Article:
Essentials of Medical Genomics

Brown, S. M.; Wiley-Liss, Hoboken, New Jersey, 2003, 274 pp., ISBN 0-471-21003-X, $44.95.

This is a timely book that provides, at an introductory level, the essentials on medical genomics, here defined as that field that attempts “to combine knowledge generated from the Human Genome Project and analytical methods from bioinformatics with the practice of medicine.” Indeed, so rapidly is the use of computer- and molecular biology-based technology for the acquisition, management, and analysis of biological information progressing that, in his preface, Brown predicts that in 5 years the reader will need to replace this book with “a new one to remain abreast of the new technologies coming on the horizon.”

A bioinformatics consultant and associate professor at New York University School of Medicine, the author has taught a course on medical genomics to the medical students there. The book is based on that course and is aimed mostly at such students and at practicing physicians who have to deal with the practical and ethical issues involved in genetic testing and the counseling that is closely associated with it. Other students of human biology or those interested in genomics (a veritable buzz word on campuses these days) should find what it offers about the possibilities opened up by the Human Genome Project to be of great interest.

The two opening chapters embody the very basic principles of genetics, biochemistry, and molecular biology on which the book's subject is heavily dependent. The students at whom the book is aimed should already have mastered these. The remaining nine chapters provide easy to read and interesting presentations on bioinformatics tools (Chapter 3), genome databases (4), human genetic variation (5), microarrays (8), pharmacogenomics and toxicogenomics (9), proteomics (10), and ethics of medical genomics (11). The two middle chapters deal with genetic testing (6), which is contributed by H. Ostrer, and with gene therapy (7), which is contributed by J. G. Hay. All of these chapters are well written, easy to follow, and concerned with the great potential of the current methodology as well as with its limitations They provide URLs for a variety of important databases. It would have been convenient if these were collected and presented in an appendix. Each chapter ends with a brief list of references, some as recent as 2002. A glossary (about 150 entries, mostly of scientific terms but also of databases and search engines) and a 14-page two-column index complete the contents.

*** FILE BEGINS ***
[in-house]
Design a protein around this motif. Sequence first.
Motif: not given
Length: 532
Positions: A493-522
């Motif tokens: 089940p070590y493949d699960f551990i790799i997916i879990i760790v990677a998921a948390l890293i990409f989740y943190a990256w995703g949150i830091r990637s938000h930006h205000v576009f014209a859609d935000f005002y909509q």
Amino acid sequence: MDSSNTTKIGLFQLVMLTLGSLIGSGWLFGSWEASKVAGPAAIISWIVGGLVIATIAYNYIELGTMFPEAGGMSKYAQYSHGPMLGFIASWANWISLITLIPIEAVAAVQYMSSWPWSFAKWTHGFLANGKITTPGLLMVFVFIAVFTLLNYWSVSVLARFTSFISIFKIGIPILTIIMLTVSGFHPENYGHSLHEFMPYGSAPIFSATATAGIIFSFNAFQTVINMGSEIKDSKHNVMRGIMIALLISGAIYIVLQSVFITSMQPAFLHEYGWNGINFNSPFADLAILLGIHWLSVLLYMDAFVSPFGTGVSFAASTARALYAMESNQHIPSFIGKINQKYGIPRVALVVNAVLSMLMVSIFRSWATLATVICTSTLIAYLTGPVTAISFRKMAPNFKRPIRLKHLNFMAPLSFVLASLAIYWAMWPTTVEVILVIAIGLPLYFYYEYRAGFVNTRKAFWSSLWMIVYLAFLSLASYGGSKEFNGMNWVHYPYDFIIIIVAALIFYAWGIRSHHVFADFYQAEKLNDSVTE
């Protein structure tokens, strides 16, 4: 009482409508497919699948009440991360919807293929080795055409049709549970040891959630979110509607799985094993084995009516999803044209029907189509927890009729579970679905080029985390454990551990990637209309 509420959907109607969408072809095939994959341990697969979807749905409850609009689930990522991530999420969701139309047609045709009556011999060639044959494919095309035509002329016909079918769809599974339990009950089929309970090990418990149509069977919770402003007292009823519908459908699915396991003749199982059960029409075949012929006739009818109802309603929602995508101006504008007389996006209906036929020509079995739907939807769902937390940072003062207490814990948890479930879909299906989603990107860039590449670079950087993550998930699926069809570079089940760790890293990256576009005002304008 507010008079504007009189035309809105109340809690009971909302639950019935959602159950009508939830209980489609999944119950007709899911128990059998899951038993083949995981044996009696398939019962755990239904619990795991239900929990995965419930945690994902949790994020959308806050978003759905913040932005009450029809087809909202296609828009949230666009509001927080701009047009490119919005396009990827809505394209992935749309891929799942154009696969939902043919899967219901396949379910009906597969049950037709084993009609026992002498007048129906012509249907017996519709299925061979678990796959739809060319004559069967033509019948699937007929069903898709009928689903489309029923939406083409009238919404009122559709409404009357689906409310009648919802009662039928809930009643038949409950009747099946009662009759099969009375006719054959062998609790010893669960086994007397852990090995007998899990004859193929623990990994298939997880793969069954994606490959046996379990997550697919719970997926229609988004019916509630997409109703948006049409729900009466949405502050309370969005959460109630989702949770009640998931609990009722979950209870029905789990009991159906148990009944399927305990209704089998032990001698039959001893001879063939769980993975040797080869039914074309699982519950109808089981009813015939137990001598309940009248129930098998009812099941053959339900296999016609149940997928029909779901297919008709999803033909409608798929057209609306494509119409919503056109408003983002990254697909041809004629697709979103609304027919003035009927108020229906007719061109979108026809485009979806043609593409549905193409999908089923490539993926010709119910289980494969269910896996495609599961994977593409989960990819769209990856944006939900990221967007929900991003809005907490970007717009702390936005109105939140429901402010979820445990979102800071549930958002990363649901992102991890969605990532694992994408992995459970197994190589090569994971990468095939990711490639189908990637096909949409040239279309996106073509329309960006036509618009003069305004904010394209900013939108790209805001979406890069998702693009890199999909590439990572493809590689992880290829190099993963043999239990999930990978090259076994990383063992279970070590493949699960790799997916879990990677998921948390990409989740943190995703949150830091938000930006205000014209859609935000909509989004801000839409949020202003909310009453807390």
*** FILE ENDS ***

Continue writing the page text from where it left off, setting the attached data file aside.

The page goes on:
I enjoyed this book (despite the minor spelling and biochemical errors that it contains) because of its sensible approach and coverage, and I learned a lot from it (since it required very little of my very shallow knowledge of IT technology). Until what it contains becomes a component of the preparation in molecular genetics available to medical students and other interested students of human biology, this book, and probably its eventual successor, should prove to be of value. I hope that its price will not be a deterrent to those who need it now.